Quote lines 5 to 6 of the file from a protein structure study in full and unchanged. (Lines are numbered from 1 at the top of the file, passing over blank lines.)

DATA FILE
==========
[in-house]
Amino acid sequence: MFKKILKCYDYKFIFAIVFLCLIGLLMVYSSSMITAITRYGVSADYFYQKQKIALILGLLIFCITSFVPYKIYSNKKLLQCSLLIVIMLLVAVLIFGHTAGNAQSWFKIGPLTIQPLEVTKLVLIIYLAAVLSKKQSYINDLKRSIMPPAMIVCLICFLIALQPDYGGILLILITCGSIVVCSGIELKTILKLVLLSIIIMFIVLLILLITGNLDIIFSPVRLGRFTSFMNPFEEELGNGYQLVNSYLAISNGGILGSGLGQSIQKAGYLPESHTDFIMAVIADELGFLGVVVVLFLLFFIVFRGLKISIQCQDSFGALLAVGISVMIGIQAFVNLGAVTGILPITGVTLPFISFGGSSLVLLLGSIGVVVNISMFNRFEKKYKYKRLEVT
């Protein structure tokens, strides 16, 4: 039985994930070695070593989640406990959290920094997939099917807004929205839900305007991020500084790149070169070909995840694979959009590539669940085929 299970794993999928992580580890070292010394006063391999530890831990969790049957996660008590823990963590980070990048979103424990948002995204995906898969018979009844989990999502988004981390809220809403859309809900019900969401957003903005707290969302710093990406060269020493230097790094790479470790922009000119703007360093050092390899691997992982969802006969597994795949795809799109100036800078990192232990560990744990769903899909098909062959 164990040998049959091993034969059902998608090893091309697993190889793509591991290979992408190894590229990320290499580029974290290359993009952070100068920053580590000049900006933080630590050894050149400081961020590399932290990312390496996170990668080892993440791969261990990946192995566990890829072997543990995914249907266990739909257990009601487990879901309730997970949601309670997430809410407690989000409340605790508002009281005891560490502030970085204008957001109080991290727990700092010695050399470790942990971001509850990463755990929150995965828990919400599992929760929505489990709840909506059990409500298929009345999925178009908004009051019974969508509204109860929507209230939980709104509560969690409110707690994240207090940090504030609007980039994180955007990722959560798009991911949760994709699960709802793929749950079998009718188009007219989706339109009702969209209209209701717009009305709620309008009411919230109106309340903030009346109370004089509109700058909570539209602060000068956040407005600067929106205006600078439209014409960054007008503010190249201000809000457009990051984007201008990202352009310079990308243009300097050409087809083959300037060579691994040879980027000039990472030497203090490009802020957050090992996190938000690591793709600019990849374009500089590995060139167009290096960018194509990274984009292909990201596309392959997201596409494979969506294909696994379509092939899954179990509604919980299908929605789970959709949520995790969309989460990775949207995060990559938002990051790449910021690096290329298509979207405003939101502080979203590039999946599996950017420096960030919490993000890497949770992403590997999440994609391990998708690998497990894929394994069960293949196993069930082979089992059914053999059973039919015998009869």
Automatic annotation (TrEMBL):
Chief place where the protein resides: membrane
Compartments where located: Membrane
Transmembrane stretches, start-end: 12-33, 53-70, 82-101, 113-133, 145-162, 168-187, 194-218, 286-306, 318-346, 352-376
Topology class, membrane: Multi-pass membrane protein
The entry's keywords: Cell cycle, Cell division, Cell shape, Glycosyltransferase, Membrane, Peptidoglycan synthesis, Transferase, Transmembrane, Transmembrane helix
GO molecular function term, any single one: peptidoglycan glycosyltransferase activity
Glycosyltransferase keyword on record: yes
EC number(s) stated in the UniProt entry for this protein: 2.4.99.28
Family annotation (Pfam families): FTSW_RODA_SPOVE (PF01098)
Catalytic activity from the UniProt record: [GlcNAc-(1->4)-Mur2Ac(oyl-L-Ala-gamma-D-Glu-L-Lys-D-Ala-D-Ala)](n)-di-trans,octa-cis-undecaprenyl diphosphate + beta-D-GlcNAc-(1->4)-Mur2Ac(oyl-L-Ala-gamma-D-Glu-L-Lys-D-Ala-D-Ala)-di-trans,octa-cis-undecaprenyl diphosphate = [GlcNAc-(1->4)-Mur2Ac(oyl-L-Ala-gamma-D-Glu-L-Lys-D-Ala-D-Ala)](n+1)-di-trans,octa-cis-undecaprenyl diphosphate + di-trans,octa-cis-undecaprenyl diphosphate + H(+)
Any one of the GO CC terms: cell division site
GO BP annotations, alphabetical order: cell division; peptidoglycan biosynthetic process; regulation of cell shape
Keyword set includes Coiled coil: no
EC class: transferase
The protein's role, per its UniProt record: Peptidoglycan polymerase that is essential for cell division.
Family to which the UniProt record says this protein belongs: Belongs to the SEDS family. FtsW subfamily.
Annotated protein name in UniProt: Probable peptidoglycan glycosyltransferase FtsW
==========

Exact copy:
Chief place where the protein resides: membrane
Compartments where located: Membrane